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Macau, the Las Vegas of Asia, is a 60-minute ride on the Hong Kong ferry. From the mid-16th century until 1999, Macau was run by the Portuguese and you can see European influences throughout. The streets of the old town are narrow with a plethora of antique stores, coffee shops selling warm, crusty Portuguese tarts, and traditional market stalls. As you travel from the centre, the vista morphs into a scene of modern buildings, big-name brand shopping and amazing Macau casinos - 38 of them to be precise. If you are a foodie then try Robuchon au Dome which has been awarded three Michelin stars each year for the past 11 years. Chef Joel Robuchon's French gastronomic cuisine is superb. Check the website as sometimes the restaurant offers extremely well-priced lunch menus so it won’t cost you a fortune to eat some of the best food in the world.

The Ruins of St. Paul's in Macau

Martial arts legend Bruce Lee is a part of the Hong Kong fabric. Although he was born in San Francisco, Lee rose to fame starring in classic Kung Fu movies that were shot in the streets of Hong Kong. The Hong Kong Heritage Museum Bruce Lee: Kung Fu . Art . Life exhibition has been running since 2013. The highlights of the exhibition include images of Lee performing Cha-Cha moves, amazing stills from the classic movie Fist of Fury, and the yellow tracksuit worn by Lee in the film, Game of Death. Hong Kong public transport is rated highly, the best option to get there is Bus 1 70, which connects to Causeway Bay.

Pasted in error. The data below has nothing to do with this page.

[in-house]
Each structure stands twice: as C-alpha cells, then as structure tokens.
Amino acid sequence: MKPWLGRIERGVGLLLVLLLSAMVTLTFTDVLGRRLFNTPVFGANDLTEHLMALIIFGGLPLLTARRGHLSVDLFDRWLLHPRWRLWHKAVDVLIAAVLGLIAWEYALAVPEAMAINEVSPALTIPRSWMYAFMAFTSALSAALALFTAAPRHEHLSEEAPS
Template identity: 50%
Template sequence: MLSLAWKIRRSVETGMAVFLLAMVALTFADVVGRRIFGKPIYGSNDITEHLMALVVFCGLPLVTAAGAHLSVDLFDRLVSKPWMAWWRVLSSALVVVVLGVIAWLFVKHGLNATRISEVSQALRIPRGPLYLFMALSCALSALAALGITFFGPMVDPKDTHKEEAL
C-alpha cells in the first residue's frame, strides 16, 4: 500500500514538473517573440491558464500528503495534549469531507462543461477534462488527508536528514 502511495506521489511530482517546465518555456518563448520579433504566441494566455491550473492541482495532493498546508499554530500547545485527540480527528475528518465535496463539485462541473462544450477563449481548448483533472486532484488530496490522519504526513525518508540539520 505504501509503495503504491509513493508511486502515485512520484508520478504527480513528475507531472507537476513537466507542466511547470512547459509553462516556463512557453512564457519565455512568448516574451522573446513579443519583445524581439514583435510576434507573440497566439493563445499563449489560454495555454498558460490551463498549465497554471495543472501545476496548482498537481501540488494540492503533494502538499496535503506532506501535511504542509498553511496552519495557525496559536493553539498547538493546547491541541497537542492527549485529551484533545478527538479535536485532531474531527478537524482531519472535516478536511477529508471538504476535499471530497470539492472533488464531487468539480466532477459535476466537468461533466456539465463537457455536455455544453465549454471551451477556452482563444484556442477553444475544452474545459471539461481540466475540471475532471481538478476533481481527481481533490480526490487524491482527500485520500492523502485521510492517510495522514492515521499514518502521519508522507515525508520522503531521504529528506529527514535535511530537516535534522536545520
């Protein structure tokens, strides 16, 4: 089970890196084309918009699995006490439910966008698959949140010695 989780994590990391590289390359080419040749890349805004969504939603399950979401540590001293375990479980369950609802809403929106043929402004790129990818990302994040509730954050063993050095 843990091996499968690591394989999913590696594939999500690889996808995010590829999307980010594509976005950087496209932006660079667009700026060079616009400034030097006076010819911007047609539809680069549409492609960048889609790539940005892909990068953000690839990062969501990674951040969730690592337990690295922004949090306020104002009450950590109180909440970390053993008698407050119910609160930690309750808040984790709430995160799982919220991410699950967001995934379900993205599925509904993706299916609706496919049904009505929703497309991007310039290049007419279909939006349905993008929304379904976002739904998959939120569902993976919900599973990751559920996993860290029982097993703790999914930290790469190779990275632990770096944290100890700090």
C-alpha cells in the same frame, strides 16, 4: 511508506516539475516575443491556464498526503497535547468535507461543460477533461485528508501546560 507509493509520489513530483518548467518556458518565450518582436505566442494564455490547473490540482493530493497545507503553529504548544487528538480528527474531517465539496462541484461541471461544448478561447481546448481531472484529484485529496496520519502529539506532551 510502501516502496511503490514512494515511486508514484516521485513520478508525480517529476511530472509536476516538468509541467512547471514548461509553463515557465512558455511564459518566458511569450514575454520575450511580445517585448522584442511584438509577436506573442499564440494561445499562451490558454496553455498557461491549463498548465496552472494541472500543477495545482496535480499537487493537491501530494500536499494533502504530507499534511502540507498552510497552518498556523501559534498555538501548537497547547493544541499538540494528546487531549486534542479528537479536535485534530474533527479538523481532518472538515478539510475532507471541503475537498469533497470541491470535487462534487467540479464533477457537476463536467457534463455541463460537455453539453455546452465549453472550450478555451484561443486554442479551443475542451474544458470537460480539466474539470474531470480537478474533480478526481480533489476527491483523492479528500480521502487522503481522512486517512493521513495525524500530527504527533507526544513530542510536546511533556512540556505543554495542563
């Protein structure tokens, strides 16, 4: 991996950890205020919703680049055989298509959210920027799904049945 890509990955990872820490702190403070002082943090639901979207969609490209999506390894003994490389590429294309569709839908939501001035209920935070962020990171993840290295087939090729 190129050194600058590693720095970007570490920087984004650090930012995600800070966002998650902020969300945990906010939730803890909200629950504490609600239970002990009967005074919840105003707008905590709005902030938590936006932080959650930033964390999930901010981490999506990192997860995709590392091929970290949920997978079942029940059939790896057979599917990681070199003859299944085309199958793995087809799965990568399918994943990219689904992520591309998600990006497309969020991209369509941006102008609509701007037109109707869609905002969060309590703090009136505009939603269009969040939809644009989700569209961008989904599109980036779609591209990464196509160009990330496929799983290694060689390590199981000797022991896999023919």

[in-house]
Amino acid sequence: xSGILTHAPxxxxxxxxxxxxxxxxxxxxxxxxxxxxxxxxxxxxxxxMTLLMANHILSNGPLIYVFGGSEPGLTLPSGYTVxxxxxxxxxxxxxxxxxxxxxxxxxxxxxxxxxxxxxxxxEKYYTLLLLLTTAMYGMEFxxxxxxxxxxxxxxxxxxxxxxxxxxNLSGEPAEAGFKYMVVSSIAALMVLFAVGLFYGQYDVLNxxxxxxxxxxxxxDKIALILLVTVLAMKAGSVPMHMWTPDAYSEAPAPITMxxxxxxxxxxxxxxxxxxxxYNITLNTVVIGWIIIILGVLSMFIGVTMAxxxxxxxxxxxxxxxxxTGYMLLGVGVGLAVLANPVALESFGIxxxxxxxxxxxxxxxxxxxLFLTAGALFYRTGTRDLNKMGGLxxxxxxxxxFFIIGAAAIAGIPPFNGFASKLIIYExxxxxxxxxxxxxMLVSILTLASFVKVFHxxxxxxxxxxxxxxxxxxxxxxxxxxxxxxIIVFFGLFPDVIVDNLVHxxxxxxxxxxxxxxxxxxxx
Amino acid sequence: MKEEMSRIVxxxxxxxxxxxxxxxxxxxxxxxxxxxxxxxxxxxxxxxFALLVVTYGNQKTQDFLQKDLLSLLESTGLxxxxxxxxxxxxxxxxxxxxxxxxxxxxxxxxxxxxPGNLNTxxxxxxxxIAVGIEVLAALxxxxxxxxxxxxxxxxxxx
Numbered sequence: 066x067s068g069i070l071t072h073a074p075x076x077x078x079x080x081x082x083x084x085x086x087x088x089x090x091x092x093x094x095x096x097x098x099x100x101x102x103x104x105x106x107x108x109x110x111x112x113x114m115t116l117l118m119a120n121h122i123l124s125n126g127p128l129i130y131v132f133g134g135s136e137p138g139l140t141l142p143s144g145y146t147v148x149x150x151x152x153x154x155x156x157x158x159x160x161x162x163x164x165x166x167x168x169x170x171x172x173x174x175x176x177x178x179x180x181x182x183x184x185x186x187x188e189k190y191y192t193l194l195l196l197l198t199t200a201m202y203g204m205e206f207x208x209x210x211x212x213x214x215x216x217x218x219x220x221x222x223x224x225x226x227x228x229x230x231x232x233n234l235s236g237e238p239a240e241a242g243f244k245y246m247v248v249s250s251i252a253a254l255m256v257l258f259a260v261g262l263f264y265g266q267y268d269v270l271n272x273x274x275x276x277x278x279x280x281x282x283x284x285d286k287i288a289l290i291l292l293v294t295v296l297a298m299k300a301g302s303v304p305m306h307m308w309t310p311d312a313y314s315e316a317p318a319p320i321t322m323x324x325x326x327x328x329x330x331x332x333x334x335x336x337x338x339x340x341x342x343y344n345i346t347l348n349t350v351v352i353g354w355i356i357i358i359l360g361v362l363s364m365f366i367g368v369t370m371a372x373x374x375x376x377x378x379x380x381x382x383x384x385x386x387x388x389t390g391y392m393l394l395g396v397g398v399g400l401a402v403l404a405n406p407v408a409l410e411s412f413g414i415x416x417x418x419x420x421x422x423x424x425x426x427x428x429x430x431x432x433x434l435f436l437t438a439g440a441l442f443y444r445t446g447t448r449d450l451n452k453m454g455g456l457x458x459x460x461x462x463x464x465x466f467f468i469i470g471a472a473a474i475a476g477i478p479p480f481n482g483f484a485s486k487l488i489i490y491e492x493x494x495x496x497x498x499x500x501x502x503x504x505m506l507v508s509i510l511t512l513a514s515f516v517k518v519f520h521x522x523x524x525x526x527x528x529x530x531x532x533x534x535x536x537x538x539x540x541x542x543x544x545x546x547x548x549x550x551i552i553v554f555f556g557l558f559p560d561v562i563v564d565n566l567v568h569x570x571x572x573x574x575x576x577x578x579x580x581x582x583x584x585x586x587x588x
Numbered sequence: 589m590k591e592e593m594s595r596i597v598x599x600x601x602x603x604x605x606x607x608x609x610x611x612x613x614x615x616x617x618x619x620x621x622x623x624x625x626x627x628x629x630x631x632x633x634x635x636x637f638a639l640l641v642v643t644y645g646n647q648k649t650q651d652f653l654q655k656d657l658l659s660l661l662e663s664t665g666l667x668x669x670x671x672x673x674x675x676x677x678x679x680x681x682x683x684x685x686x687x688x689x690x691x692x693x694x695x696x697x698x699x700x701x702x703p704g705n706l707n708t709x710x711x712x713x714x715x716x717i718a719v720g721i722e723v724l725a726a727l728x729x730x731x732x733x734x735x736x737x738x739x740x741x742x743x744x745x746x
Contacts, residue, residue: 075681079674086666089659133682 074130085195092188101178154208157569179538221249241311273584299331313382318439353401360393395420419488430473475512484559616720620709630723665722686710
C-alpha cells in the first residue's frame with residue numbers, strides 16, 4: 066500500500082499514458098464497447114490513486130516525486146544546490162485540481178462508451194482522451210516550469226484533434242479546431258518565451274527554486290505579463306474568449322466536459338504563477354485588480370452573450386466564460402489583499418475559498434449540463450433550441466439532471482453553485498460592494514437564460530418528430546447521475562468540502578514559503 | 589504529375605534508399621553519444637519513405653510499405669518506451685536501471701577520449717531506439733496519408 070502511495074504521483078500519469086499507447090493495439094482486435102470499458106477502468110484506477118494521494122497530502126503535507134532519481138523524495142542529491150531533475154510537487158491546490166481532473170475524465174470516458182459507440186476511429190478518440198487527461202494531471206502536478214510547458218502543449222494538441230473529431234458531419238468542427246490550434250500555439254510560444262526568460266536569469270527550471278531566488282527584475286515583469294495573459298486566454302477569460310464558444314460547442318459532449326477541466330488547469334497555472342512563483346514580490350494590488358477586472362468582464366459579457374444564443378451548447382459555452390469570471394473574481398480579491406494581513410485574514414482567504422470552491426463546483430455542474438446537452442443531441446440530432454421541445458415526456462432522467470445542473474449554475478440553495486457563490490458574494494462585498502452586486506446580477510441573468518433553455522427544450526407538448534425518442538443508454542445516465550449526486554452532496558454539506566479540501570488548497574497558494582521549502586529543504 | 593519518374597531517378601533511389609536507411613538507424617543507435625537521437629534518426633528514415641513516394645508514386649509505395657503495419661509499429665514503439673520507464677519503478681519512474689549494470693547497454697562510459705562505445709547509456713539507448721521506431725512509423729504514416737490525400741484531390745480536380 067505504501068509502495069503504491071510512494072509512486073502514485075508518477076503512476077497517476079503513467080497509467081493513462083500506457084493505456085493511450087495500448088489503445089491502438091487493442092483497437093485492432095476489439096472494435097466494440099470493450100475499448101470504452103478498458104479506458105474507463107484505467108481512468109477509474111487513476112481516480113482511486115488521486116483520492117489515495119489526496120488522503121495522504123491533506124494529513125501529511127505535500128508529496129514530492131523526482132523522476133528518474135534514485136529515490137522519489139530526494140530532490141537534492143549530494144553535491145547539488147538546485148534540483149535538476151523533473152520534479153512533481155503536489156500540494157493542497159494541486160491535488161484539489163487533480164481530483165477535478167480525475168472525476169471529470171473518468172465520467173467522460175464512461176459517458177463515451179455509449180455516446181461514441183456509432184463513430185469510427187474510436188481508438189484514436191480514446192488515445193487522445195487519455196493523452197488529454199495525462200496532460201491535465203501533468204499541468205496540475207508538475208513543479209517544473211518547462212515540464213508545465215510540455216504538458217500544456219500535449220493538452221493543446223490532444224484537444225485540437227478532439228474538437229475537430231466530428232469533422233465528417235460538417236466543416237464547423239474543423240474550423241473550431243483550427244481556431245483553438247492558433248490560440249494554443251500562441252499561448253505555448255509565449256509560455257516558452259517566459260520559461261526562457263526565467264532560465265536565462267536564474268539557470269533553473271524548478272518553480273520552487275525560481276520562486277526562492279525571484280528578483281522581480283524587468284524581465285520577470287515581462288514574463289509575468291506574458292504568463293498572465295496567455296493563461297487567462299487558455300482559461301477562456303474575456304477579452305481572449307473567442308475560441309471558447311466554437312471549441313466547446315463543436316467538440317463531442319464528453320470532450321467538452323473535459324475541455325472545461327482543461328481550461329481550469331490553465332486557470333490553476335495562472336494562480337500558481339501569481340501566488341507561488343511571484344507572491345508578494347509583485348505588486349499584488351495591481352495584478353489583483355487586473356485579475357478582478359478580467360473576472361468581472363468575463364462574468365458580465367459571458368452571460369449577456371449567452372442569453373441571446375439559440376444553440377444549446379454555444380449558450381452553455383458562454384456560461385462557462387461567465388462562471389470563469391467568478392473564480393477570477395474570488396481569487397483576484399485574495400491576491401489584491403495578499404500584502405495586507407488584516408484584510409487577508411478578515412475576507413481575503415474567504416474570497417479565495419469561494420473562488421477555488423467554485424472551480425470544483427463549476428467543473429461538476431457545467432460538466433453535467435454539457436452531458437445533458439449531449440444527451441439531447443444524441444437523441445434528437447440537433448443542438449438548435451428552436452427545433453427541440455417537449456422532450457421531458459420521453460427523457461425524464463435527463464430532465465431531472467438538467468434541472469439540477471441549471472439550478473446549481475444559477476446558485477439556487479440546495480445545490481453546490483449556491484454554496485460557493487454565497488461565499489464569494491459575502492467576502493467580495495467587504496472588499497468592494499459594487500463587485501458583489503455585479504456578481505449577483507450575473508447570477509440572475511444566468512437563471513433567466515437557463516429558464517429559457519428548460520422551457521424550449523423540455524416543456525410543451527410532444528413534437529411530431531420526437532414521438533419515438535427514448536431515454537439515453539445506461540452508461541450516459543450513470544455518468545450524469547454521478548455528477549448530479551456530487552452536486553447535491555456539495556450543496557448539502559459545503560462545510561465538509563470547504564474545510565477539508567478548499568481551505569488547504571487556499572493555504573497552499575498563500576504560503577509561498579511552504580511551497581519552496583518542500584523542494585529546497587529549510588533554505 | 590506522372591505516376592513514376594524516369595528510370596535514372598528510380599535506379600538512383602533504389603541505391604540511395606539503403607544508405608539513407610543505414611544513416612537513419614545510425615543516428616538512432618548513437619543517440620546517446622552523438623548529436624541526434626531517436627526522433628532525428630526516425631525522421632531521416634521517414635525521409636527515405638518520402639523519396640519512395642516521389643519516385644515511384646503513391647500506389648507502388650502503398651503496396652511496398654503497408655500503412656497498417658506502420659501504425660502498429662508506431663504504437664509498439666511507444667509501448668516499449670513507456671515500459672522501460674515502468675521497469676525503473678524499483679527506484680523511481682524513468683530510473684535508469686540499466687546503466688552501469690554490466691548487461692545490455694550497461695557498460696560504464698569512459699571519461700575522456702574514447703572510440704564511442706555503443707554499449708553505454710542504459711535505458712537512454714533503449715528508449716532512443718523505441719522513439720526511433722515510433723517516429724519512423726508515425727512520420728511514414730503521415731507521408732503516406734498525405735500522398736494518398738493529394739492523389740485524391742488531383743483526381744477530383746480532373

Bruce Lee Statue Hong Kong

If you want to dip your toes into old Hong Kong then take a journey to Tai O village, on the bay at Lantau Island. This is one of the last surviving fishing villages in Hong Kong and home to the Tanka people, who built their houses on stilts to counteract the rising and falling tidal flats. This area is a photographer's paradise and if you are game, then there are some tasty, well-priced seafood dishes to be eaten. You get there by taking Bus 11 at MTR Tung Chung Station to Tai O bus terminus.  The trips takes about 50 minutes.

You can’t go to Hong Kong without shopping at the street markets. The Temple Street Night Markets in Jordan are a great place to start if you are looking for knock-off designer handbags or paintings. Remember to haggle. If the price is $100, start your first bid at $50 - or even lower if you are feeling bold. Be prepared to meet the vendor somewhere in the middle and have some fun while you are doing it. Other markets worth checking out include the Mong Kok Ladies Market (shoes and electronics), the Flower Market, and Cat Street (antiquities). You can pick up the latest sneakers at bargain prices on Mong Kok’s Sneaker Street.

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